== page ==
By Bill Hirschman
When I grew up in a suburb of New York City, my parents insisted that I would not live that close to Manhattan and not take in its iconic landmarks: the Statue of Liberty, the Natural History Museum, FAO Schwartz. But the one world-famous landmark we never visited, being Jewish, was the Radio City Christmas Spectacular. Thanks to the Kravis on Broadway series, I can cross that off my bucket list and report that it is, unlike much in life, precisely what its reputation promises.
Start with spectacular, derived from the word spectacle. Nearly 40 people on stage tapping, swirling or gracefully gesticulating while crooning to familiar tunes played by a lush if not live orchestra through 12 scenes. The ensemble is dressed in shimmering costumes, awash in ever-morphing lighting and exuding enough holiday cheer to dislodge even the stonier hearts.
Of course, the stars are the long-limbed and lovely Rockettes whose synchronized terpsichorean numbers are as crisp as an Arctic wind whether they are performing the 80-year-old classic “March of the Wooden Soldier”s or percussively snapping out “The Twelve Days of Christmas.” The Manhattan version on Radio City Music Hall’s massive stage holds 36 dancers; on the road, it’s 18, but they deliver a pretty impressive sight themselves whether they’re playing Santa’s reindeer in the opening or living tinsel in the finale with costumes containing 3,000 crystals.
If you’re just not feeling the season’s spirit yourself, the best way to see this is with a kid. Bring your own or borrow one from next door or just sit within a few feet of somebody else’s. Their delight is overwhelmingly infectious as they shriek or gasp at each new tableau. They clap along to the music when prompted to by the characters on stage – and sometimes even without prompting.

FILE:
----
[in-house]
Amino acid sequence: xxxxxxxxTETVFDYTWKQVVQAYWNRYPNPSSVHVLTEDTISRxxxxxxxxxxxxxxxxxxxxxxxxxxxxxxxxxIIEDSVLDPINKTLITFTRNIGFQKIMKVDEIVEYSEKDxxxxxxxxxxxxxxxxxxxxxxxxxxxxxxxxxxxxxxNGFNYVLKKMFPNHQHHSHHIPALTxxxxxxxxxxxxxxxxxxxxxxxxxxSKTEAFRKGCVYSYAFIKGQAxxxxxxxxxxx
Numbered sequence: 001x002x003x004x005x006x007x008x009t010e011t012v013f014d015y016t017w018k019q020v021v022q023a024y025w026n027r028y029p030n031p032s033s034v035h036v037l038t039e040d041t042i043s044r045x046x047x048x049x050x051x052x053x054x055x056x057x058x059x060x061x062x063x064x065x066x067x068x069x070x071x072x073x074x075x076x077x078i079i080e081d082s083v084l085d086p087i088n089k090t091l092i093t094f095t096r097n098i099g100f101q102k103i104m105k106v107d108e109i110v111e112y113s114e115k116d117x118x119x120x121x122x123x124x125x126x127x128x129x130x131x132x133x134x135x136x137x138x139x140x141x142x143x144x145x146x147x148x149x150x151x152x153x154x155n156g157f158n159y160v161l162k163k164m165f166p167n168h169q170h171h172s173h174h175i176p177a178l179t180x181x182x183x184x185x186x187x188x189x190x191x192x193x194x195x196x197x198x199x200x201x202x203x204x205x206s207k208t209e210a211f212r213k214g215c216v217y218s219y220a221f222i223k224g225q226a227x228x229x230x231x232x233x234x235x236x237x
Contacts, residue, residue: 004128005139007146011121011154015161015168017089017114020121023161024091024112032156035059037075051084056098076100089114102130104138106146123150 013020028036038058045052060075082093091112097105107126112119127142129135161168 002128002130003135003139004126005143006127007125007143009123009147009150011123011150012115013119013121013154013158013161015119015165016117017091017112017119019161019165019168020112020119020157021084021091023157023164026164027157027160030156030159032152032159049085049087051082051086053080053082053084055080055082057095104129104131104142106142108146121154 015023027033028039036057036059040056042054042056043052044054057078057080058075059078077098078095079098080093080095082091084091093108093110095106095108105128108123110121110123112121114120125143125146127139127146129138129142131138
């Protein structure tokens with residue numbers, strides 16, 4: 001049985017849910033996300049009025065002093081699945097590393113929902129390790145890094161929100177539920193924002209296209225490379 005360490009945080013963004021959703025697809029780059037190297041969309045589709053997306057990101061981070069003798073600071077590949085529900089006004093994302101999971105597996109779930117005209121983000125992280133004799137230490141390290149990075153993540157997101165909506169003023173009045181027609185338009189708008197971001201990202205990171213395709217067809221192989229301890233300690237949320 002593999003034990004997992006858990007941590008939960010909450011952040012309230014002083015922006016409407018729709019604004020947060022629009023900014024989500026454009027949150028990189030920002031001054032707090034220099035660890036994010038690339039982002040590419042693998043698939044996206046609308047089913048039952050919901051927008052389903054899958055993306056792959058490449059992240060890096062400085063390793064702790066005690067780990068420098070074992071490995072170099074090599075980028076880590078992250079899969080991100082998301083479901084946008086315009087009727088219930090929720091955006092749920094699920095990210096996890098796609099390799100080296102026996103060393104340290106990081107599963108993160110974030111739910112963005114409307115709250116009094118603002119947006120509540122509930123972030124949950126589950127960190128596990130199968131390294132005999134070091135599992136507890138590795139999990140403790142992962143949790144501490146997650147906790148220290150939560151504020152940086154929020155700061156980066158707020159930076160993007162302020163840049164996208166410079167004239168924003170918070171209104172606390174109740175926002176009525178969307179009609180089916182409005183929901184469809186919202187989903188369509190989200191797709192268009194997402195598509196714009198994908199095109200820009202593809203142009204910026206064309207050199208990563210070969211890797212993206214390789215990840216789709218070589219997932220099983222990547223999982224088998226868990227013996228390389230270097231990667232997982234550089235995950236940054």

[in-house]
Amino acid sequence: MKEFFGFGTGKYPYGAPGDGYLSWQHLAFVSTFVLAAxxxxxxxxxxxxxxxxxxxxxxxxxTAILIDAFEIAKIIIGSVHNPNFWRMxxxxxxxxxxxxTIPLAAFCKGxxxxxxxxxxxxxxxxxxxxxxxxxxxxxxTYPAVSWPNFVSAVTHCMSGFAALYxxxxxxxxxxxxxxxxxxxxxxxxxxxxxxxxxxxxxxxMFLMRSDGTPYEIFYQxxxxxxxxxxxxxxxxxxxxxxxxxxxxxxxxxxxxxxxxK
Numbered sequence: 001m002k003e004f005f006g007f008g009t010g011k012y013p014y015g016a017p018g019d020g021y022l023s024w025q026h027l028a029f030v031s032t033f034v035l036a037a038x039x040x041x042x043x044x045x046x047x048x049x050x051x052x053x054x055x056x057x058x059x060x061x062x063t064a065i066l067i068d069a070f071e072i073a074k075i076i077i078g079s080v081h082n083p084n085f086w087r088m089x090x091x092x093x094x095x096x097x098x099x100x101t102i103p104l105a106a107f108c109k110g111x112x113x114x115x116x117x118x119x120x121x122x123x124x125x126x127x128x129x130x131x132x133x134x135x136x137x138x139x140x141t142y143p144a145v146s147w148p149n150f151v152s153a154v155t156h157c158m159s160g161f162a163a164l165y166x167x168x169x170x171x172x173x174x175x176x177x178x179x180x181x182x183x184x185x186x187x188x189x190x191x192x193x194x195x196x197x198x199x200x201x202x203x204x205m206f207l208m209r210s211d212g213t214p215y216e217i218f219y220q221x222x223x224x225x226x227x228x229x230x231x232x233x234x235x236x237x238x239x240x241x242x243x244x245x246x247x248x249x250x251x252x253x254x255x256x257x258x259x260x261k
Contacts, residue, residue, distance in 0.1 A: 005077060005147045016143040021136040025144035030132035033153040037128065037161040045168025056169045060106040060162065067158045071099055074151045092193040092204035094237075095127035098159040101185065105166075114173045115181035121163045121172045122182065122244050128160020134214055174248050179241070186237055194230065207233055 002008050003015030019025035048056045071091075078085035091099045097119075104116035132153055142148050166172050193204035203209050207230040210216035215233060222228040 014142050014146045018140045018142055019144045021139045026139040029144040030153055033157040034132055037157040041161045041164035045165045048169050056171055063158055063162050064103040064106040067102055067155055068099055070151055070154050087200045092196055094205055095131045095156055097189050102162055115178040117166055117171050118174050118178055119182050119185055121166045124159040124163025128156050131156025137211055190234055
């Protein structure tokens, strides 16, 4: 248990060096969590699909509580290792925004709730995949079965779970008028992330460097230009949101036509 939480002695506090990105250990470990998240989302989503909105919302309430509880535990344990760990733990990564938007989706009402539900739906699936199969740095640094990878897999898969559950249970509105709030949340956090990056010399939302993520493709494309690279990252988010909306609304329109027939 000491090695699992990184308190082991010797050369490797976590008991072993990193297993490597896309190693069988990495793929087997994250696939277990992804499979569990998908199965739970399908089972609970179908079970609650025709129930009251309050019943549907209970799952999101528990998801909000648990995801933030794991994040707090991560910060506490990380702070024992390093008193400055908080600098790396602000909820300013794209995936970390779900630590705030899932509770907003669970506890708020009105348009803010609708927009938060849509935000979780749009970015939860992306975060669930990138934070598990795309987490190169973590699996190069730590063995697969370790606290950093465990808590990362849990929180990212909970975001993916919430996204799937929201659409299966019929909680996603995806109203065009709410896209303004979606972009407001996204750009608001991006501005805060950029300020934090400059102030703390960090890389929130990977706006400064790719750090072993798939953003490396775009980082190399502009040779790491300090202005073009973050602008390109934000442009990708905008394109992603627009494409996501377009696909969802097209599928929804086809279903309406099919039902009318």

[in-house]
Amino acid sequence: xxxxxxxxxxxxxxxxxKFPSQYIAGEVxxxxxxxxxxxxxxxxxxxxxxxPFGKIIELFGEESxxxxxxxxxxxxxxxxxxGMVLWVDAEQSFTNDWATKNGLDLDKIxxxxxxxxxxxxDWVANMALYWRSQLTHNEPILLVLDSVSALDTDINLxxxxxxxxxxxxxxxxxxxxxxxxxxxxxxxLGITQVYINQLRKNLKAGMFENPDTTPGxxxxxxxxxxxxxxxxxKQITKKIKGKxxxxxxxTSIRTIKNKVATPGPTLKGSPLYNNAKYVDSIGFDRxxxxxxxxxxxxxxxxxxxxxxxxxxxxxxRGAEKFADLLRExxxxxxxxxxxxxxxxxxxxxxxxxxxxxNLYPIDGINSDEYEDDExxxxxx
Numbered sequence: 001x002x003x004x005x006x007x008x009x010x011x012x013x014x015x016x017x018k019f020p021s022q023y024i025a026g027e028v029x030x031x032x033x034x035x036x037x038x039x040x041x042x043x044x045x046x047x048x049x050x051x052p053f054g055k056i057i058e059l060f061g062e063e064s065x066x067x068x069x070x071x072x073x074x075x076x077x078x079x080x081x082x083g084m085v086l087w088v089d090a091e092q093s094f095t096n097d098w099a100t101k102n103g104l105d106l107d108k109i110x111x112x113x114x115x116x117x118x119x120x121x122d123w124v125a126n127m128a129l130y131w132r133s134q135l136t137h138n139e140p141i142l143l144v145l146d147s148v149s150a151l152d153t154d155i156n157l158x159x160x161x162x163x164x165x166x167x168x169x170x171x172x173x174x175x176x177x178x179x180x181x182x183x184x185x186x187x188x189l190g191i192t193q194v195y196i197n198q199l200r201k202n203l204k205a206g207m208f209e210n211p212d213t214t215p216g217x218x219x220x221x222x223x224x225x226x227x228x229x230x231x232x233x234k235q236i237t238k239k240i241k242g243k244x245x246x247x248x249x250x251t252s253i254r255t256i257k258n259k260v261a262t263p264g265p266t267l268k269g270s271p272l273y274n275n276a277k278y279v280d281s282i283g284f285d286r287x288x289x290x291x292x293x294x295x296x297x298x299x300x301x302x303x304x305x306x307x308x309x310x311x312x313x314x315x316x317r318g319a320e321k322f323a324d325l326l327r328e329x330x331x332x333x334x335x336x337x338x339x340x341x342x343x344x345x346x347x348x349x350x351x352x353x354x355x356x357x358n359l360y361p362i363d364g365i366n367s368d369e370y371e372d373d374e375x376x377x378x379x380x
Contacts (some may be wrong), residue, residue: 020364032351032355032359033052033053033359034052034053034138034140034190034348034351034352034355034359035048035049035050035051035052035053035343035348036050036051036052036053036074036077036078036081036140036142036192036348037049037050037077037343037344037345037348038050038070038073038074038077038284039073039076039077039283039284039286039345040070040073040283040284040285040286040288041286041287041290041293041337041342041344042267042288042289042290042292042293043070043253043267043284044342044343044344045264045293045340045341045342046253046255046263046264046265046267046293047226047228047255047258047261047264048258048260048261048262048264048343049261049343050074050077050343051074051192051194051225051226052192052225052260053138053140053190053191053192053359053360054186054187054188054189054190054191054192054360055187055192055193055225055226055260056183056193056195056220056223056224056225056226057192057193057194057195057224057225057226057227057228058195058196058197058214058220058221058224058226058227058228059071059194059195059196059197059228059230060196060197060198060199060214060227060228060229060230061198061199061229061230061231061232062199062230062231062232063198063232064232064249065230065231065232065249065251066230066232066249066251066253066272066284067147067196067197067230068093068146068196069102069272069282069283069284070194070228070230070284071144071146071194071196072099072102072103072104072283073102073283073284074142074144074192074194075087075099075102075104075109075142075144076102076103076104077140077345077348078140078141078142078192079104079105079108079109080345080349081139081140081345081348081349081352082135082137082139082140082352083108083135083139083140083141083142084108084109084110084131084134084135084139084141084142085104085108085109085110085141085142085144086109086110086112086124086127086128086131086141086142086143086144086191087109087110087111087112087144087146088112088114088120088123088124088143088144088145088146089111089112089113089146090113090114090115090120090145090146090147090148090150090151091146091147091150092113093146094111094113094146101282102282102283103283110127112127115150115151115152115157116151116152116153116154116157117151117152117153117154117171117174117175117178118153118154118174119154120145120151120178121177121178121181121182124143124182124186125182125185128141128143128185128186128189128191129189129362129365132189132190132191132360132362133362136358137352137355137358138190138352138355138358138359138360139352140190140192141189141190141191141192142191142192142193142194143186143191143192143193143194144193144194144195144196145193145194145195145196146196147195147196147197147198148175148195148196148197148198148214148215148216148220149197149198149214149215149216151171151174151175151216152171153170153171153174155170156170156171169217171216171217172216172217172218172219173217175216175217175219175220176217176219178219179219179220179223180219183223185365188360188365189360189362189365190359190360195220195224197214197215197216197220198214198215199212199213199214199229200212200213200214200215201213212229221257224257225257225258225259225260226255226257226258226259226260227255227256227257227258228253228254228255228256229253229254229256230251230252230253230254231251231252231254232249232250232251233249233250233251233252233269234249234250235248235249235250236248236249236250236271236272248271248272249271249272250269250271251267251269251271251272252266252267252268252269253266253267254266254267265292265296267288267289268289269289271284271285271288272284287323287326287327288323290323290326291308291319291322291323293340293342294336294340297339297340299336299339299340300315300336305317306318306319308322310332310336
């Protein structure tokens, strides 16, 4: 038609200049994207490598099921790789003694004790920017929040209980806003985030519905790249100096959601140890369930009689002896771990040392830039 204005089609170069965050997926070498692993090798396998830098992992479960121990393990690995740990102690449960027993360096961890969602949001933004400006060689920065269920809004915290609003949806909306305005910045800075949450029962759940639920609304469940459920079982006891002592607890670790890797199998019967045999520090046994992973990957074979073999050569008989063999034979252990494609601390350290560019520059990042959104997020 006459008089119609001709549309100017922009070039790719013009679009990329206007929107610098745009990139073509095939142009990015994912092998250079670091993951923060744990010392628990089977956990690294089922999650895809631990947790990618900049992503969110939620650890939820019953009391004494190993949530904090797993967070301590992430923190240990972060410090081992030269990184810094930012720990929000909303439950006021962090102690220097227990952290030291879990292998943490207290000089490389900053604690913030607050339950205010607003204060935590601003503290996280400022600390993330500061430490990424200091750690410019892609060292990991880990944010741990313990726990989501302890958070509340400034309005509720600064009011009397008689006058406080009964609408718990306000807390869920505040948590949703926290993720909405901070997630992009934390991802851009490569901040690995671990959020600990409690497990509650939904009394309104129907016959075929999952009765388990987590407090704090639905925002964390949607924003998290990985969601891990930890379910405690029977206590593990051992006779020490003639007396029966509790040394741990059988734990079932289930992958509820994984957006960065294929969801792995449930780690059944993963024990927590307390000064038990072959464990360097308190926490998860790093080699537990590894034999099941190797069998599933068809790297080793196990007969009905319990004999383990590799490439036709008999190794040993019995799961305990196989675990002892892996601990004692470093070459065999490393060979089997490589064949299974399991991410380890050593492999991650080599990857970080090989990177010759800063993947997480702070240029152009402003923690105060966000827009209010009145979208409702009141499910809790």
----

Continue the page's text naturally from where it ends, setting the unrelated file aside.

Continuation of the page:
One of the surprises for the Scrooges is that while the whole thing is as G-rated as a Pixar cartoon, it fortunately is missing that manufactured button-pushing manipulative feel of nearly every sucrose-drenched Disney product in the last quarter-century. It’s all very show-bizzy and polished, but it never feels like someone is trying to sell you something, although there is a gift store in the lobby. A warm and genuine aura pervades it all, reminiscent of creamy tasty eggnog without the rum.
If the Rockettes are the headliners, a case can be made that the real star is the 50-foot LED screen that provides an animated ever-morphing series of seemingly 3D photorealistic backdrops that amp up the spectacular quotient a few hundred points. When Santa and his reindeer fly into the air, we follow them in to the clouds. Later massive tree ornaments float by and change colors like the largest screensaver of all time. But the most astounding set piece is the first act closer in which the live Rockettes board a mock-up of a New York City double-decker tour bus and take a night-time tour from Radio City, around Rockefeller Center and ending in Times Square (complete with product placements ads for Chase and New York Life). The viewpoint of the screen is timed with the turns of the bus on stage, giving a surprisingly convincing and enchanting travelogue for the audience.